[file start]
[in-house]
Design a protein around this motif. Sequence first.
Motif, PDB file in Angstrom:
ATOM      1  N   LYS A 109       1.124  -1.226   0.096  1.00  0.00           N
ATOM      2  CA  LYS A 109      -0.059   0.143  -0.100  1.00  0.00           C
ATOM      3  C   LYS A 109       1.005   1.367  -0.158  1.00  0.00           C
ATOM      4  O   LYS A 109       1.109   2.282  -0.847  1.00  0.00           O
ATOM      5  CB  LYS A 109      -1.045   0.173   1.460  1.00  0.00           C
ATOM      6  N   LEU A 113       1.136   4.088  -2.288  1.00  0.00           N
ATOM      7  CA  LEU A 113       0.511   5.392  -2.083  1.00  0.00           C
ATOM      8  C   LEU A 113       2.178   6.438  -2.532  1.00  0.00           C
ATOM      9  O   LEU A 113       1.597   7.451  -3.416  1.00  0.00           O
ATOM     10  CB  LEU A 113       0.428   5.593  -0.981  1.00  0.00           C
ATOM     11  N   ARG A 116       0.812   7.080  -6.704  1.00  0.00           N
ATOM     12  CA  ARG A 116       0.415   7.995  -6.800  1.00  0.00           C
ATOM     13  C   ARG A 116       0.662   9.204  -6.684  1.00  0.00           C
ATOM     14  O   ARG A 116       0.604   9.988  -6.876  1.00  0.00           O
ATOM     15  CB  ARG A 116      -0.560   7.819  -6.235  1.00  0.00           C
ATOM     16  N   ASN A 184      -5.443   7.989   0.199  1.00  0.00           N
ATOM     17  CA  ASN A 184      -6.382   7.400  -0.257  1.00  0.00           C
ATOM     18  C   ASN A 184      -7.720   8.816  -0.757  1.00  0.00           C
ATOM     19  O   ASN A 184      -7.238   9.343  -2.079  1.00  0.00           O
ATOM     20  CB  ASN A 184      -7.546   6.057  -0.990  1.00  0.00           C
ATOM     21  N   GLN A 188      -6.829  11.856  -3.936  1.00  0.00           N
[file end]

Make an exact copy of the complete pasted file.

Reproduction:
[in-house]
Design a protein around this motif. Sequence first.
Motif, PDB file in Angstrom:
ATOM      1  N   LYS A 109       1.124  -1.226   0.096  1.00  0.00           N
ATOM      2  CA  LYS A 109      -0.059   0.143  -0.100  1.00  0.00           C
ATOM      3  C   LYS A 109       1.005   1.367  -0.158  1.00  0.00           C
ATOM      4  O   LYS A 109       1.109   2.282  -0.847  1.00  0.00           O
ATOM      5  CB  LYS A 109      -1.045   0.173   1.460  1.00  0.00           C
ATOM      6  N   LEU A 113       1.136   4.088  -2.288  1.00  0.00           N
ATOM      7  CA  LEU A 113       0.511   5.392  -2.083  1.00  0.00           C
ATOM      8  C   LEU A 113       2.178   6.438  -2.532  1.00  0.00           C
ATOM      9  O   LEU A 113       1.597   7.451  -3.416  1.00  0.00           O
ATOM     10  CB  LEU A 113       0.428   5.593  -0.981  1.00  0.00           C
ATOM     11  N   ARG A 116       0.812   7.080  -6.704  1.00  0.00           N
ATOM     12  CA  ARG A 116       0.415   7.995  -6.800  1.00  0.00           C
ATOM     13  C   ARG A 116       0.662   9.204  -6.684  1.00  0.00           C
ATOM     14  O   ARG A 116       0.604   9.988  -6.876  1.00  0.00           O
ATOM     15  CB  ARG A 116      -0.560   7.819  -6.235  1.00  0.00           C
ATOM     16  N   ASN A 184      -5.443   7.989   0.199  1.00  0.00           N
ATOM     17  CA  ASN A 184      -6.382   7.400  -0.257  1.00  0.00           C
ATOM     18  C   ASN A 184      -7.720   8.816  -0.757  1.00  0.00           C
ATOM     19  O   ASN A 184      -7.238   9.343  -2.079  1.00  0.00           O
ATOM     20  CB  ASN A 184      -7.546   6.057  -0.990  1.00  0.00           C
ATOM     21  N   GLN A 188      -6.829  11.856  -3.936  1.00  0.00           N